The old saying ‘prevention is better than cure’ is proving to be true in the Age UK Integrated Care Programme (ICP) which is supporting older people in Dartford, Gravesham and Swanley and Swale areas.

The programme helps older people living with complex health problems, and who have had recent unplanned visits to hospital, to maintain or improve their independence and wellbeing.

Participants identify what they’d like to do to achieve this, and are offered encouragement and practical support by a worker from Age UK. GP practices identify patients who they think might benefit from the programme. Support might include things like help with benefits, sorting out problems with medicines, organising equipment or help in the home, and arranging opportunities to socialise more. Building people’s confidence and giving them time to talk about what they want is the key to success.

The programme draws upon national best practice and brings together voluntary organisations and health and care services to combine medical and non-medical support.

Established in July 2017, the programme set out to support 500 older people, increase their health and wellbeing, improve their experience and quality of care, and make best use of local health and care services.

The results of the programme have been promising. So far more than 400 older people have taken part and results have shown a really significant increase in wellbeing. Eighty-five percent of people reached their personal health and wellbeing goals, and 94 percent were likely or extremely likely to recommend the service to their friends and family. Similar programmes elsewhere have shown reduced demand for health and care services, and information is being collected for a year afterwards to find out whether this has also been the case locally.

Feedback has been very positive. A GP from a local medical group said:

…….it [the Age UK service] has often led to preventing social and other emergencies, which may have led to unnecessary admissions to hospital. The level of care they [Age UK] provide is something we are unable to do. They have the resources to spend quality time with patients and are able to make a detailed assessment of their needs.”

Similarly, the daughter of someone who took part in the programme said

“I also wanted to say thank you for your support and help with Mum. She has moved from being unhappy and lonely to a much happier person since your intervention and suggestion of attending the day centre. She was initially sceptical of what good it would do her, probably a symptom of her frame of mind, but now she actively looks forward to going. She is in a far more positive frame of mind.”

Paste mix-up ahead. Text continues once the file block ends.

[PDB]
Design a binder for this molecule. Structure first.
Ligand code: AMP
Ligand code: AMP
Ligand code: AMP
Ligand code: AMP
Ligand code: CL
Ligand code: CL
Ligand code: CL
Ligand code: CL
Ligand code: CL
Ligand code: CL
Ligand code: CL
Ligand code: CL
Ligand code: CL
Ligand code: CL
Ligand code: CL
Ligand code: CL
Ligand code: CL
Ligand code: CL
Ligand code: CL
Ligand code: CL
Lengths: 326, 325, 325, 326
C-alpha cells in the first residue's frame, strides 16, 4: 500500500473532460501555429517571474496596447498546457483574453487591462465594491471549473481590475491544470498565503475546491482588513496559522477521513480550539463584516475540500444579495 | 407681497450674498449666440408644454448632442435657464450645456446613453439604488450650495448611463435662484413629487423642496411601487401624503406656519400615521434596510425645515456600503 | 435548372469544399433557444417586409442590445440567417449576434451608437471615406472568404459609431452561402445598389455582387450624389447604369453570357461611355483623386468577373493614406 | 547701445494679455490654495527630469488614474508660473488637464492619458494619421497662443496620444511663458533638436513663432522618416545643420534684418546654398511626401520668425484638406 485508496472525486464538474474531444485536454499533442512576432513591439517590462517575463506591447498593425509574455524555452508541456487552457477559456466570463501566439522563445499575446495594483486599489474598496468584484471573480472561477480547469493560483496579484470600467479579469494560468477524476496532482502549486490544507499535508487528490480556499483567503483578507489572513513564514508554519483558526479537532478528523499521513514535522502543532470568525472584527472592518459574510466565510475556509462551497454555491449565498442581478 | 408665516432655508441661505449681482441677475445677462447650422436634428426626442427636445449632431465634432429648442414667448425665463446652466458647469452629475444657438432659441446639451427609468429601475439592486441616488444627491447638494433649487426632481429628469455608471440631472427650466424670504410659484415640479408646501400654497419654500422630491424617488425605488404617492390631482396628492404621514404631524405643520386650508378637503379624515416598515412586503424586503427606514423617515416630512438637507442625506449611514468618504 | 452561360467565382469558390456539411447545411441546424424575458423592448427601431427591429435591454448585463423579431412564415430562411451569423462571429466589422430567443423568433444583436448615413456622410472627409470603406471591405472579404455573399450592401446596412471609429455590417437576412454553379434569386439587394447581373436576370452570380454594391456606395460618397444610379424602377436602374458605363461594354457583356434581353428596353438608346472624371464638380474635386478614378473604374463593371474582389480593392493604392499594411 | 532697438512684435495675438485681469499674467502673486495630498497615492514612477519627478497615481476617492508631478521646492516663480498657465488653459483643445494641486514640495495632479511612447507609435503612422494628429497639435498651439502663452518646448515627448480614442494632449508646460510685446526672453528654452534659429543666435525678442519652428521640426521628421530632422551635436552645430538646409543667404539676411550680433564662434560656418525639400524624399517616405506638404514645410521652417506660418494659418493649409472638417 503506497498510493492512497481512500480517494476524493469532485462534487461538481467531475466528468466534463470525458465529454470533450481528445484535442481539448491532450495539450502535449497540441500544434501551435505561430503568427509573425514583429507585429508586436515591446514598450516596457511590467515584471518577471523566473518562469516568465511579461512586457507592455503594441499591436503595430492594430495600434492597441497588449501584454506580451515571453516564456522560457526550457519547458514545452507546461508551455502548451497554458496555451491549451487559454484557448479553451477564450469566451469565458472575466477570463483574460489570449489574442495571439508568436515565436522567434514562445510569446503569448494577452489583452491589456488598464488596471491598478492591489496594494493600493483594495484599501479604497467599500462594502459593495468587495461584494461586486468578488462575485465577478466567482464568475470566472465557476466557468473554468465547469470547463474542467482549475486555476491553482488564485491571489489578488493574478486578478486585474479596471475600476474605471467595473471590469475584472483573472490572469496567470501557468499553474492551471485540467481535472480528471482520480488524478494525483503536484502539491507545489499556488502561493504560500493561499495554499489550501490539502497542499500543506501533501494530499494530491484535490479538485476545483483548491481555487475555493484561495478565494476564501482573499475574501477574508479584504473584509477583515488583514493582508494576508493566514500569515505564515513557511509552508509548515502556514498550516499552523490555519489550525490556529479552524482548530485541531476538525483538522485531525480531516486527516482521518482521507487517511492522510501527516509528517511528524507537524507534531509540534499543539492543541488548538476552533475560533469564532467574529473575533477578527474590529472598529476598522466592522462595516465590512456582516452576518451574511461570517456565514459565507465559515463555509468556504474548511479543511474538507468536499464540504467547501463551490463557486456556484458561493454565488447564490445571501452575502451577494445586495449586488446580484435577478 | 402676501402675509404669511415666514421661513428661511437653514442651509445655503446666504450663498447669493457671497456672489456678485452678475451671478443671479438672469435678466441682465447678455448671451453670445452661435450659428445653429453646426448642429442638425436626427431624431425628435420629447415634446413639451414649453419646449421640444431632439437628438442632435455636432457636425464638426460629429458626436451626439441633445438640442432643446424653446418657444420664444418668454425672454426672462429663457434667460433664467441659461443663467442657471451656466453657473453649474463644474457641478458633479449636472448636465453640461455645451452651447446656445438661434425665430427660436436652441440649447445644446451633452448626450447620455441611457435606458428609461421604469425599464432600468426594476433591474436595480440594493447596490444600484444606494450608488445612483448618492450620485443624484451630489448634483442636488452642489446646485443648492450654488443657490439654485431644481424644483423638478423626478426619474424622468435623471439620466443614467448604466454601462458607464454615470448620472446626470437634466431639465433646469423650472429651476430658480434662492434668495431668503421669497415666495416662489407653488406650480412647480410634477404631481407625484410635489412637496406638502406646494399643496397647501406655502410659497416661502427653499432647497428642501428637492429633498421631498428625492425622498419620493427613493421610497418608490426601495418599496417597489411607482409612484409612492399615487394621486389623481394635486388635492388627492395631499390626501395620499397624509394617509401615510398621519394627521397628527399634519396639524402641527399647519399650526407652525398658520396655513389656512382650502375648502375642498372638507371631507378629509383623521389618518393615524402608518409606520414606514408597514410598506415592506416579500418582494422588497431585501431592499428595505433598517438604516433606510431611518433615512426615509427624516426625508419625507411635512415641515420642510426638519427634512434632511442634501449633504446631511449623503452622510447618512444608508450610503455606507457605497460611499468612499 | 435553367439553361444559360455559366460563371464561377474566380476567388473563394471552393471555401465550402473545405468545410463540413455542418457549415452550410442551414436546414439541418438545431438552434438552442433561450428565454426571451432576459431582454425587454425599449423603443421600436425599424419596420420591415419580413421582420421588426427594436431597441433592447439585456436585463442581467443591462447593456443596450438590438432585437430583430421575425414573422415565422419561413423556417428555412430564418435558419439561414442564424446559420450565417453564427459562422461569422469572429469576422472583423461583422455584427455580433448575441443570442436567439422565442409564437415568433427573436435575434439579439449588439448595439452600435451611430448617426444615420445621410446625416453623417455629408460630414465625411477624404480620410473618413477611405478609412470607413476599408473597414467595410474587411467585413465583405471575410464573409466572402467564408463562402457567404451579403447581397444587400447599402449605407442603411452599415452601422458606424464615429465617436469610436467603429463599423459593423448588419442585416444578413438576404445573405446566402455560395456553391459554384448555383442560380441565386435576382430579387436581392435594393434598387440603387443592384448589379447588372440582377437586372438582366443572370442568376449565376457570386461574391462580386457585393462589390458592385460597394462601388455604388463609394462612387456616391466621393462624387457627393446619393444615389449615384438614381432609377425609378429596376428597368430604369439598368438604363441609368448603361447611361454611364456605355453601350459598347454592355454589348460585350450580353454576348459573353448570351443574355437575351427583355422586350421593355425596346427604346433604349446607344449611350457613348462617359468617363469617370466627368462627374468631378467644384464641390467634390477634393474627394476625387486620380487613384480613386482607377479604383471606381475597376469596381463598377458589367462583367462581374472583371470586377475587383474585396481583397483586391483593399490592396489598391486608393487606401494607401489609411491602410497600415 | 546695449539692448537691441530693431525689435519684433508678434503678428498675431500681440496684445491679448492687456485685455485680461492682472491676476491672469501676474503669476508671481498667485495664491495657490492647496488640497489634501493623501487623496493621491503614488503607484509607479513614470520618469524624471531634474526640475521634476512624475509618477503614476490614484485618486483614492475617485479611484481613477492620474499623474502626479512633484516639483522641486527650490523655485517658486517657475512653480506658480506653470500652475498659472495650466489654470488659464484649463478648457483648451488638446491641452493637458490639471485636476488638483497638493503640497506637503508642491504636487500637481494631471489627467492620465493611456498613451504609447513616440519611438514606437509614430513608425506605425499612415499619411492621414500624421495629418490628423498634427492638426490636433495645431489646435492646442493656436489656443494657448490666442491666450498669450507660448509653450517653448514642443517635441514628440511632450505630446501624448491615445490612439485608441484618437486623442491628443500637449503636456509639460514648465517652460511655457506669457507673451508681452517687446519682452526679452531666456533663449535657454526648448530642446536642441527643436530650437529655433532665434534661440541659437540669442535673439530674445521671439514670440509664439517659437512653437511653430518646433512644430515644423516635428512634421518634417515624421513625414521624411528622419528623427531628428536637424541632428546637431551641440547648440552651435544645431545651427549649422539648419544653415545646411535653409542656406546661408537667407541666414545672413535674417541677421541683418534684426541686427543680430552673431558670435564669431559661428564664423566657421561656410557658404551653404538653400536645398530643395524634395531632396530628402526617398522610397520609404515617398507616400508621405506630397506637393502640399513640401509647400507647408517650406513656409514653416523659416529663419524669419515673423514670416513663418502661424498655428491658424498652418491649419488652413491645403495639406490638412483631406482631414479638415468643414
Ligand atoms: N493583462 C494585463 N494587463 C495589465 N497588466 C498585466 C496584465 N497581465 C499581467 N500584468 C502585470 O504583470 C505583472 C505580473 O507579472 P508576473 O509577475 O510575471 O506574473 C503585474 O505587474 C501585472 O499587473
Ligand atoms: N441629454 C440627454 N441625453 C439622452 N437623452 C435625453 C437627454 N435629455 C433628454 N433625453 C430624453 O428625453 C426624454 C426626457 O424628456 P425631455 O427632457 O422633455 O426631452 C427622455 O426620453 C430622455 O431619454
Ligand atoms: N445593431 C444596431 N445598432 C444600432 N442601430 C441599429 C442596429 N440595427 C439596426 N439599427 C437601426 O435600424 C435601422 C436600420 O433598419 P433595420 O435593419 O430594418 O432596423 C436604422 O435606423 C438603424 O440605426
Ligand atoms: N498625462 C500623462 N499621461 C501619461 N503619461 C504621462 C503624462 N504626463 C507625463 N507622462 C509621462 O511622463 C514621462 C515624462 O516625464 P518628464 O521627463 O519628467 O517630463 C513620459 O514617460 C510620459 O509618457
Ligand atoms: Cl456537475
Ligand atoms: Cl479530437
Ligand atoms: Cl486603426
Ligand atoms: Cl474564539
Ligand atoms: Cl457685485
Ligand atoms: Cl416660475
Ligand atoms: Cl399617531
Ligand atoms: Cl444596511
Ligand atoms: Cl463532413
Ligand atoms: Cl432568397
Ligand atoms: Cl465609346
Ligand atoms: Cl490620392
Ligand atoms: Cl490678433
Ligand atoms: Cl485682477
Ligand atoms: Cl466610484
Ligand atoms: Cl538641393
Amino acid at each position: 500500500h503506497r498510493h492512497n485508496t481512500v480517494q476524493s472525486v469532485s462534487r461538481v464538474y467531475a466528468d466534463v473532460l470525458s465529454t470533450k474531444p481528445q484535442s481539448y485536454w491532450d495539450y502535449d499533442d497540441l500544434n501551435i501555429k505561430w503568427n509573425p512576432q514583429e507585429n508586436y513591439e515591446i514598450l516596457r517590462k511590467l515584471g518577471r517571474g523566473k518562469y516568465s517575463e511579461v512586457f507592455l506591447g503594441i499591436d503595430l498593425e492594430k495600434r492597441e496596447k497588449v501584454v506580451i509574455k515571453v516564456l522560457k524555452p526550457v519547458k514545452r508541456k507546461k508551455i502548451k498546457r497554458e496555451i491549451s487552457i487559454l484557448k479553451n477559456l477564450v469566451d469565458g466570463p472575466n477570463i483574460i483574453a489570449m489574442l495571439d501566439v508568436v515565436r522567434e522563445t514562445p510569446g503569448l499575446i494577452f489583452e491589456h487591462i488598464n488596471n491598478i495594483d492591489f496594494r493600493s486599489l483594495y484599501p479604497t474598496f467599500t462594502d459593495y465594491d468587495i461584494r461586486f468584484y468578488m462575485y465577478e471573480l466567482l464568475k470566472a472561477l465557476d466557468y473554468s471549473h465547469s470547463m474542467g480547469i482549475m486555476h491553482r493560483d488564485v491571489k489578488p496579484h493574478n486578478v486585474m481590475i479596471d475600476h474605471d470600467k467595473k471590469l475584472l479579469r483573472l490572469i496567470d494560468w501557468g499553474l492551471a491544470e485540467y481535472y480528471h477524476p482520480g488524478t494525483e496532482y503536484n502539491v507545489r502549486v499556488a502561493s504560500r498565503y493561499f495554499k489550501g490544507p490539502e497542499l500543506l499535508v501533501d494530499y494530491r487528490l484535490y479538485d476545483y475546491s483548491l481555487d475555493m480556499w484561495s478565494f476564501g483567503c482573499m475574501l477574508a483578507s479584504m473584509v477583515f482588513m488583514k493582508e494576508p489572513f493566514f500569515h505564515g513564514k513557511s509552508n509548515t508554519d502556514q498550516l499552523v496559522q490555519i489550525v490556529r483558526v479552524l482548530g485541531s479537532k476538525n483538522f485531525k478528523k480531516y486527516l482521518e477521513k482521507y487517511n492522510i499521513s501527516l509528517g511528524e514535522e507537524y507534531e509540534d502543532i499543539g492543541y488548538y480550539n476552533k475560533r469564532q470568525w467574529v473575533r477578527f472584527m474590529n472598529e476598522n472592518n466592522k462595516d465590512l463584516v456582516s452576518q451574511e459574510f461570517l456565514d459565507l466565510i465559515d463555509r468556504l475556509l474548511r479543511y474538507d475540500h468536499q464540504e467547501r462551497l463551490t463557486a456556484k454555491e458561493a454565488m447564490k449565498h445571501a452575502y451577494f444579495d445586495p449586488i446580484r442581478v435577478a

The ICP and other similar projects (sometimes known as care navigators or social prescribers) have recently been extended as part of wider plans to bring GPs, other specialist health services, social care and the voluntary sector more closely together.

Raymond’s story: finding new interests and taking control

The following is an actual example of the kind of support the programme offers.

Raymond is 76 years old with, cancer, diabetes, breathing difficulties and heart problems. He was identified as someone who might benefit from the ICP service through his local GP surgery.

Ray’s wife has health problems too and he has no children. His mobility is poor and he was virtually housebound when first visited by the Age UK worker, Wendy. His mood was low, and he felt his days were wasted sitting in his chair. Ray’s wife can drive but at the moment she cannot use the car to help him get out. She was worried that he may not be able to cope when she goes into hospital shortly.

After chatting to Wendy, Ray mentioned that a few years ago in hospital he saw another patient having a go at marquetry (a traditional craft using wood veneer). Wendy discovered a local group and took him there. He really enjoyed getting out and chatting to new people, all of whom had similar engineering backgrounds. The club made him feel very welcome, providing a box of tools and the offer of one year’s free membership if he came back. He now attends regularly. Wendy helped him to apply for the volunteer transport scheme, who now take him there.

The worker also took Ray to the local day centre, where he took part in an Easter Bonnet parade, and to which he has returned since. She also introduced the day centre’s hot meals service, which the couple will try when Ray’s wife goes in to hospital.

When Wendy returned to see Ray, he was much more positive and felt that he had taken back control of his wellbeing, and was looking ahead. He has spoken about looking into other craft activities in the area, as he enjoys getting out now. He would strongly recommend the service to others.